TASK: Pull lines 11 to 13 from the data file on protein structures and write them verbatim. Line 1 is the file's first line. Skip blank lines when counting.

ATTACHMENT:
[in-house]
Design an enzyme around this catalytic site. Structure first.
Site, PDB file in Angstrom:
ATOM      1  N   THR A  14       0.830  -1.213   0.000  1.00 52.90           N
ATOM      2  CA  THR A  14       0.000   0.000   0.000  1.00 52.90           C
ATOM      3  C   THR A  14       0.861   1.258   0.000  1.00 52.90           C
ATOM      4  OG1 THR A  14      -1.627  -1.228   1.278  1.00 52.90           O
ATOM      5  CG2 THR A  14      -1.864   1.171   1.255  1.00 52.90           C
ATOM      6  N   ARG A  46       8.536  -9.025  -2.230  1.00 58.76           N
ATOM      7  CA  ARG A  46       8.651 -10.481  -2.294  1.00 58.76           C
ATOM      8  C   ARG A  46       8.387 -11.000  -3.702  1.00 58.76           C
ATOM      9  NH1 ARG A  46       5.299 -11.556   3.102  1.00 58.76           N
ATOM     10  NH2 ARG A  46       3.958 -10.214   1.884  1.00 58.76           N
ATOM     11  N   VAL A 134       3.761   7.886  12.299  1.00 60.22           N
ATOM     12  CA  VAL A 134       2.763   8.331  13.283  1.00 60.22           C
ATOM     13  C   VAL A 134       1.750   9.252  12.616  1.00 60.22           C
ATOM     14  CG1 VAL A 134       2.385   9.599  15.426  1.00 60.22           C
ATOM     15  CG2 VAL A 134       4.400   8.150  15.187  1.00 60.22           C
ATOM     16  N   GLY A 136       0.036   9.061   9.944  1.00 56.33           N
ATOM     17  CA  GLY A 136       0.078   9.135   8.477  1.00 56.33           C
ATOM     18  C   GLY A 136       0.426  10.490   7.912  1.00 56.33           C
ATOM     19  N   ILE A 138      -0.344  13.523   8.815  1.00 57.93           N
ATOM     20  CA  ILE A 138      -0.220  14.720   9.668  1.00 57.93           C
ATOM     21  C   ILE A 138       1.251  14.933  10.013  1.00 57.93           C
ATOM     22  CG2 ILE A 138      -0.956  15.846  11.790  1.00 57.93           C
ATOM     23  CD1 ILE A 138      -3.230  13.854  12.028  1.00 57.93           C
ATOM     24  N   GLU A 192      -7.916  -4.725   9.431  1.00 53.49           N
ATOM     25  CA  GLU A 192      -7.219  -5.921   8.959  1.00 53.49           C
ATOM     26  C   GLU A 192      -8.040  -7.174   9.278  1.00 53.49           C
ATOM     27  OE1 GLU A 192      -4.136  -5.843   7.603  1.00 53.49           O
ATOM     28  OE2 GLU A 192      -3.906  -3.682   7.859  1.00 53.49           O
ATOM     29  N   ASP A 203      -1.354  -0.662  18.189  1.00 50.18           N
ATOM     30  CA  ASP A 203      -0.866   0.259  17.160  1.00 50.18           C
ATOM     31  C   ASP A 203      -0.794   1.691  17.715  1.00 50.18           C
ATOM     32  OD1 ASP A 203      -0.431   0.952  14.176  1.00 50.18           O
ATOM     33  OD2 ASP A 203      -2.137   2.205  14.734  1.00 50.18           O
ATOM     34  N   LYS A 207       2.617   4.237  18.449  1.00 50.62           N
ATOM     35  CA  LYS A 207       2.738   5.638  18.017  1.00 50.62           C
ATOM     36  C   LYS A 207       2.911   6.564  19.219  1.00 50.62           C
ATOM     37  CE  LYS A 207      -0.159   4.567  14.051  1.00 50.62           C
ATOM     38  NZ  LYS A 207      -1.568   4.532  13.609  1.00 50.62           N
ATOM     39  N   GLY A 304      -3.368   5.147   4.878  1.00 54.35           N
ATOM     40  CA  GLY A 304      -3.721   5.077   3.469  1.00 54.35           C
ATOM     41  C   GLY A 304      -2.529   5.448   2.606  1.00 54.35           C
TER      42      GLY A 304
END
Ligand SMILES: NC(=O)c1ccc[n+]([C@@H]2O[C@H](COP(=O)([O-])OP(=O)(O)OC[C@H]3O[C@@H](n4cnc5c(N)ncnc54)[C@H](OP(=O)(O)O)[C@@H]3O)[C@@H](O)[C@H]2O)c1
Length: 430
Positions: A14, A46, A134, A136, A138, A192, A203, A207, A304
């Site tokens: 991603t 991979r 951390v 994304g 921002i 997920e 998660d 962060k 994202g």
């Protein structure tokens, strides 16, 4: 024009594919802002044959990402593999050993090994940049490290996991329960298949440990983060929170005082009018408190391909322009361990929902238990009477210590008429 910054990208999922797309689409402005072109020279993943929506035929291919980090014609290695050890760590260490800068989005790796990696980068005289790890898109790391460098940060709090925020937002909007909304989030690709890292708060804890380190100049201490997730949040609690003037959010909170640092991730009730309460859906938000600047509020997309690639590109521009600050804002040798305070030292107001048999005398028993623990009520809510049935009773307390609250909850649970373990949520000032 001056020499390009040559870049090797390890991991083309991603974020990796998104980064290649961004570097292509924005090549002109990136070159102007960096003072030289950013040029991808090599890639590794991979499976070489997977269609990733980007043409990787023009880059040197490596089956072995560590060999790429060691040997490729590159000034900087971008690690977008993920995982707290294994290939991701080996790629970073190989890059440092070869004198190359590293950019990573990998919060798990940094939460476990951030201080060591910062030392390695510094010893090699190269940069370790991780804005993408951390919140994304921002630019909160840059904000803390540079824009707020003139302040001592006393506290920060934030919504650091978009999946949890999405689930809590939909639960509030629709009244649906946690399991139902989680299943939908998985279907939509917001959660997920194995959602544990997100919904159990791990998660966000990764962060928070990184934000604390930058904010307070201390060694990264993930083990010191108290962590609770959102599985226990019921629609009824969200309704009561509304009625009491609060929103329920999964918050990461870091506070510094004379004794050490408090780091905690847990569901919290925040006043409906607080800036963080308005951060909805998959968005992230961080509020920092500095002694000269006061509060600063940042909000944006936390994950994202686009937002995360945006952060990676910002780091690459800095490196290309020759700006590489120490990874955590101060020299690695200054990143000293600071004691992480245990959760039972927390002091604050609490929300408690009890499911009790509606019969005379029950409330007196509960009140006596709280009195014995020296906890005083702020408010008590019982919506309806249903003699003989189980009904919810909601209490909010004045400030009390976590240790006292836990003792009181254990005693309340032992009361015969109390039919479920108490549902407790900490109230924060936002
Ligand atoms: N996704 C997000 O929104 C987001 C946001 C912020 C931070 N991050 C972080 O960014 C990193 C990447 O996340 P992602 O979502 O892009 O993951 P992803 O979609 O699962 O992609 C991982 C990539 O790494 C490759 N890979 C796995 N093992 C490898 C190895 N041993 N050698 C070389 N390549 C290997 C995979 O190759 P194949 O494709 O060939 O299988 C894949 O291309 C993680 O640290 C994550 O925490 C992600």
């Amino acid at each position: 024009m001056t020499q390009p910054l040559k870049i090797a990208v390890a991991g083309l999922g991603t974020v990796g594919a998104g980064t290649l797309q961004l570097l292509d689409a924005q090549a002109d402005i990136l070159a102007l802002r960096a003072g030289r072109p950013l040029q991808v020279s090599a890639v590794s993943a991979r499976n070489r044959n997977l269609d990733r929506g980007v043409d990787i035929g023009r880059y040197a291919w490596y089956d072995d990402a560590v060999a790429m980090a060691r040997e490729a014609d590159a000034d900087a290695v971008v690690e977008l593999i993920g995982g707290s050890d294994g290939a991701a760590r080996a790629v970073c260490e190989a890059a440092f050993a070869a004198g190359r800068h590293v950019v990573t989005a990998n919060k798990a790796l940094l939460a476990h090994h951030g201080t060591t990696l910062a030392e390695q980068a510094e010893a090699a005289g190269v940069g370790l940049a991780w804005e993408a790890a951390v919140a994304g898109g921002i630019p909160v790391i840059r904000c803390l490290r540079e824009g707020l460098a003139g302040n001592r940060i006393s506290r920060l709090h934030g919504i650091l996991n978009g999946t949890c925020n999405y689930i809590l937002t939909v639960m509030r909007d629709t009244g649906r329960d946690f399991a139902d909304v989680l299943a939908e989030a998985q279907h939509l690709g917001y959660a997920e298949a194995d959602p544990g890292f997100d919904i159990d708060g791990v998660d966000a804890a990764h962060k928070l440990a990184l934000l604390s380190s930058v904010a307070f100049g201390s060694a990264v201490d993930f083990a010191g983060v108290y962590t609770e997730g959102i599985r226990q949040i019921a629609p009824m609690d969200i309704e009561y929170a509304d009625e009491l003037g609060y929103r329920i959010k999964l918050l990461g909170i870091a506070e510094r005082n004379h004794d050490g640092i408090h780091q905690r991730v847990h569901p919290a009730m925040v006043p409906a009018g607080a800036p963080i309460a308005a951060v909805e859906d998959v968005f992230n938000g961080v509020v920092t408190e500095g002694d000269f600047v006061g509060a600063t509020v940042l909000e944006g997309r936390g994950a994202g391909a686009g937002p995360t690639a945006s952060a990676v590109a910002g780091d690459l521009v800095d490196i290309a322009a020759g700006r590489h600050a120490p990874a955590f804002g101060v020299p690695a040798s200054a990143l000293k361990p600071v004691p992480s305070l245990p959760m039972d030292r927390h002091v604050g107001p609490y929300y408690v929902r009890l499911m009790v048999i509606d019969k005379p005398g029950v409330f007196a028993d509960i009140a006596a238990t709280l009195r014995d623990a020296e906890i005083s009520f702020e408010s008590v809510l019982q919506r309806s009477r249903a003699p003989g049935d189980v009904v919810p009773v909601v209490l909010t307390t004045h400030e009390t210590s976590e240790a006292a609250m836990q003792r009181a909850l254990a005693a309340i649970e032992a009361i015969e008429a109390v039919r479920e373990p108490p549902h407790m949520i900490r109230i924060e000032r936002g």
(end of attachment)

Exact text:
ATOM      8  C   ARG A  46       8.387 -11.000  -3.702  1.00 58.76           C
ATOM      9  NH1 ARG A  46       5.299 -11.556   3.102  1.00 58.76           N
ATOM     10  NH2 ARG A  46       3.958 -10.214   1.884  1.00 58.76           N